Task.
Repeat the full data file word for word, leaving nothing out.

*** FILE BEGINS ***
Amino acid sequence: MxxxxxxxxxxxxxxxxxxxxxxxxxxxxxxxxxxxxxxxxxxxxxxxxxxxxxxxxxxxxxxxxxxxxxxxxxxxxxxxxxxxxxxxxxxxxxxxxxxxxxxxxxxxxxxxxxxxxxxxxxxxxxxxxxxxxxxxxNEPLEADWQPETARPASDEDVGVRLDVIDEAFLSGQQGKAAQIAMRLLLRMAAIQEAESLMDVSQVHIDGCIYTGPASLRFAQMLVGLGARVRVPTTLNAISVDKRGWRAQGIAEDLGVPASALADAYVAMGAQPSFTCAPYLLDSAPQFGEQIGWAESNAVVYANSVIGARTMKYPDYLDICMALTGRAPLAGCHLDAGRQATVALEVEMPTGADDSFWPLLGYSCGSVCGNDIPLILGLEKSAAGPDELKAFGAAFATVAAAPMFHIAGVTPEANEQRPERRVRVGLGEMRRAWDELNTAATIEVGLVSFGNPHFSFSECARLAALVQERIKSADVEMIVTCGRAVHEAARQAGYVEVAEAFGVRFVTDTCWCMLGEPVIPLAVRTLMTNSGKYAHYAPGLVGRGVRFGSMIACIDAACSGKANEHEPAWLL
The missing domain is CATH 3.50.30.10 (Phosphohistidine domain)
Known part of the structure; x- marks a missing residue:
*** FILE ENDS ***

Amino acid sequence: MxxxxxxxxxxxxxxxxxxxxxxxxxxxxxxxxxxxxxxxxxxxxxxxxxxxxxxxxxxxxxxxxxxxxxxxxxxxxxxxxxxxxxxxxxxxxxxxxxxxxxxxxxxxxxxxxxxxxxxxxxxxxxxxxxxxxxxxxNEPLEADWQPETARPASDEDVGVRLDVIDEAFLSGQQGKAAQIAMRLLLRMAAIQEAESLMDVSQVHIDGCIYTGPASLRFAQMLVGLGARVRVPTTLNAISVDKRGWRAQGIAEDLGVPASALADAYVAMGAQPSFTCAPYLLDSAPQFGEQIGWAESNAVVYANSVIGARTMKYPDYLDICMALTGRAPLAGCHLDAGRQATVALEVEMPTGADDSFWPLLGYSCGSVCGNDIPLILGLEKSAAGPDELKAFGAAFATVAAAPMFHIAGVTPEANEQRPERRVRVGLGEMRRAWDELNTAATIEVGLVSFGNPHFSFSECARLAALVQERIKSADVEMIVTCGRAVHEAARQAGYVEVAEAFGVRFVTDTCWCMLGEPVIPLAVRTLMTNSGKYAHYAPGLVGRGVRFGSMIACIDAACSGKANEHEPAWLL
The missing domain is CATH 3.50.30.10 (Phosphohistidine domain)
Known part of the structure; x- marks a missing residue: